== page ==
Friday, December 6, 2013

A Day In the Sun, A Road Closed

Stepping onto the porch yesterday it was obvious it was going to be a lovely day. So when my wife, returning from her latest out of town conference texted ahead to me to get a couple of dinner ingredients I took the Vespa and did that which one often does when looking for an excuse to burn some dead dinosaurs. I went off track.

Life, they tell us is a series of compromises, and for many riders across temperate lands this is the time of year to put away two wheeled machines and confront ice and snow from the cabin of a cage. For me that day never comes in the Fabulous Florida Keys. However even this paradise has it's serpent: viz, there is but one road. Northern riders who get out their machines in Spring can look forward to months of varied rides up hill and down dale. All I get in Spring is the same road, a little warmer and a little wetter as summer is rainy season here.

My plan then, was to ride to Winn Dixie, the Big Pine supermarket situated about five miles from my house. As I rode I figured it was too lovely a day to just go food shopping so I passed the aptly name Key Deer shopping center and kept riding north.

I could have veered north for five miles to take a ride to Port Pine Heights or No Name Key, both streets without outlets of course, wind prettily among the pines where I like to walk Cheyenne on the trails:

But I was pretty sure there was a good chance I would find a pleasant ocean view or two if I went up my only main road option. I was correct, and I stopped a few miles past Big Pine at the bridge connecting Bahia Honda and Ohio Keys. Looking north:
The view to the south was equally flat despite the fact that this side of the road is the open waters of the Straits of Florida, a place often filled with ocean waves and surf and suchlike commotions. Unlike yesterday:

The old Flagler railroad has been transformed into a rather dashing paved fishing pier, pedestrian path and a bicycle route, all in one. A more forward looking state might have done as much the length of the Keys but the Sunshine State prefers to let such things deteriorate and cut income with endless sales tax loopholes.

You stand behind the white line to fish, while between the lines travel the bicycles and pedestrians in determined fashion. I love the bike pictogram with a cyclist riding properly attired in a Chinese conical hat.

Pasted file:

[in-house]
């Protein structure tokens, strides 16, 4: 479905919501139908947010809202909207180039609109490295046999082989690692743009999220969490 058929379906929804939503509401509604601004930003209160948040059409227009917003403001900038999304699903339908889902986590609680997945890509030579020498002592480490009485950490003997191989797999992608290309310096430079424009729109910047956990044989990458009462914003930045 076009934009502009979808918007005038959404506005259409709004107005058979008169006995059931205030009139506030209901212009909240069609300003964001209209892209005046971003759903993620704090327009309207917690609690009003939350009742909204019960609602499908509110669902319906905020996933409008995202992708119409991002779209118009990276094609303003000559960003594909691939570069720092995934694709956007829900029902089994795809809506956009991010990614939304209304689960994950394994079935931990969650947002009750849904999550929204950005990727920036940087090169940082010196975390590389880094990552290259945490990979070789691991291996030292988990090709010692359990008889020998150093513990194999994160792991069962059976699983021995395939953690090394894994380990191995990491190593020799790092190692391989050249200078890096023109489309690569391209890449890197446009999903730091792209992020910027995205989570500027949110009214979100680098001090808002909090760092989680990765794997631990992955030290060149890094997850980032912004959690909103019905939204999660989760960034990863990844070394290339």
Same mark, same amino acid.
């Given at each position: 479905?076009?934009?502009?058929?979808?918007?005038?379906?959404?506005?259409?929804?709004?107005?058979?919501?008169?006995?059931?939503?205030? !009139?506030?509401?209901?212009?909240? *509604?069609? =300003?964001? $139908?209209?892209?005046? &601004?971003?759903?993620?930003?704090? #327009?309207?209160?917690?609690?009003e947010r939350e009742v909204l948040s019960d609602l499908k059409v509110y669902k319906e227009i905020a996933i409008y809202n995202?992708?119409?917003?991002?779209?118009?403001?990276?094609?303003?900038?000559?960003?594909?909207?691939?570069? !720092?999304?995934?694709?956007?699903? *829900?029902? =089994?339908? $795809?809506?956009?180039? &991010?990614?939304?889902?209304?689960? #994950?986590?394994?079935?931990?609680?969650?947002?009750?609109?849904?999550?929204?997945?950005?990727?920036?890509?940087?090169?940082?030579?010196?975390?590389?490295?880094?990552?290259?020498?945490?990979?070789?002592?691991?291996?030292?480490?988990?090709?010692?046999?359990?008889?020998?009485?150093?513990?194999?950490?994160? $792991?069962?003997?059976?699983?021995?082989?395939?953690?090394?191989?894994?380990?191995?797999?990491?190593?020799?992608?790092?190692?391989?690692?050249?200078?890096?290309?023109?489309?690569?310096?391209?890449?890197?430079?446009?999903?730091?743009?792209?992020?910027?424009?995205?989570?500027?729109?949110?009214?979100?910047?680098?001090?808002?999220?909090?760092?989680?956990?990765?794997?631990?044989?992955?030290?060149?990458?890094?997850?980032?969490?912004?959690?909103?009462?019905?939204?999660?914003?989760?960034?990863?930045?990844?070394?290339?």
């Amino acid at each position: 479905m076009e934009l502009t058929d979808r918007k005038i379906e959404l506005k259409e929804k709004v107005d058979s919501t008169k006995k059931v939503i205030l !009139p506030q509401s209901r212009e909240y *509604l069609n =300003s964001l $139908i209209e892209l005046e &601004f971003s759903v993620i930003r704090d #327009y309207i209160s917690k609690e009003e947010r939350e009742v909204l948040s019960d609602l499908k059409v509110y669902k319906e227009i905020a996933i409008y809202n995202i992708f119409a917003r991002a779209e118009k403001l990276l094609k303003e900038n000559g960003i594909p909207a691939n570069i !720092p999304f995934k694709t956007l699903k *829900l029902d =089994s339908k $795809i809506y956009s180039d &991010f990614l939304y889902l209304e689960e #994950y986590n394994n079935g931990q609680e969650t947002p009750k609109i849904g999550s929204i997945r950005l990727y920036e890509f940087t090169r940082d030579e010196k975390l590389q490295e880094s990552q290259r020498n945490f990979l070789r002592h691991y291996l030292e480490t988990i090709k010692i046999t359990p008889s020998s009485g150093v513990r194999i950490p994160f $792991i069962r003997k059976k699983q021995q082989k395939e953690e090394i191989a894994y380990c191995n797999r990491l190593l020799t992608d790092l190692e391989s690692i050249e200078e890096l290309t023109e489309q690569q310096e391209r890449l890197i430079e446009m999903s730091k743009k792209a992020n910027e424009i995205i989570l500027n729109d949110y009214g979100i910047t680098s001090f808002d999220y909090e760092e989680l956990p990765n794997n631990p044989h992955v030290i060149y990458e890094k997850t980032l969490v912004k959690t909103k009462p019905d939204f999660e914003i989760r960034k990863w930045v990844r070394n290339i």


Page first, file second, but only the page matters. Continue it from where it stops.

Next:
After the Great Hurricane of 1935 the railroad, already losing money for lack of commercial traffic, folded and stayed closed until the state bought the rights to the rail bed and converted it all to a highway. Imagine modern tea party protests at such a waste of public monies! Yet what we take for granted today in public works were built one day in the past with tax money, in an era when this country functioned as a community. They took the rails and welded them into hand rails. Below you can see the original rusty rails now replaced by the bright modern aluminum hand rails.

The modern Overseas Highway was completed in 1982 and as I recall it reduced the drive from Key West to Homestead from five hours to two, while offering many splendid views alongside lanes wide enough to easily accommodate two trucks. The old road bridges had been so narrow, large vehicles meeting on them had to stop and struggle to pass.

Earlier this week a distracted truck driver drove his semi into the back of another eighteen wheeler stopped for construction on a bridge north of Marathon. The eighteen wheeler thus rear ended was pushed forward into the back of another semi stopped in front of him. The mess was so complicated that after they flew the culprit to Miami by helicopter, not, we are told, in danger of losing his life, the highway was closed in both directions for eight hours. Yup, eight hours on the only road into or out of town. Had you travel plans that day you would have been screwed. Welcome to my world, snow free but remember that stuff I mentioned about serpents in Paradise?

Better learn to keep hurricane supplies in your home year round because you can't eat the gorgeous views.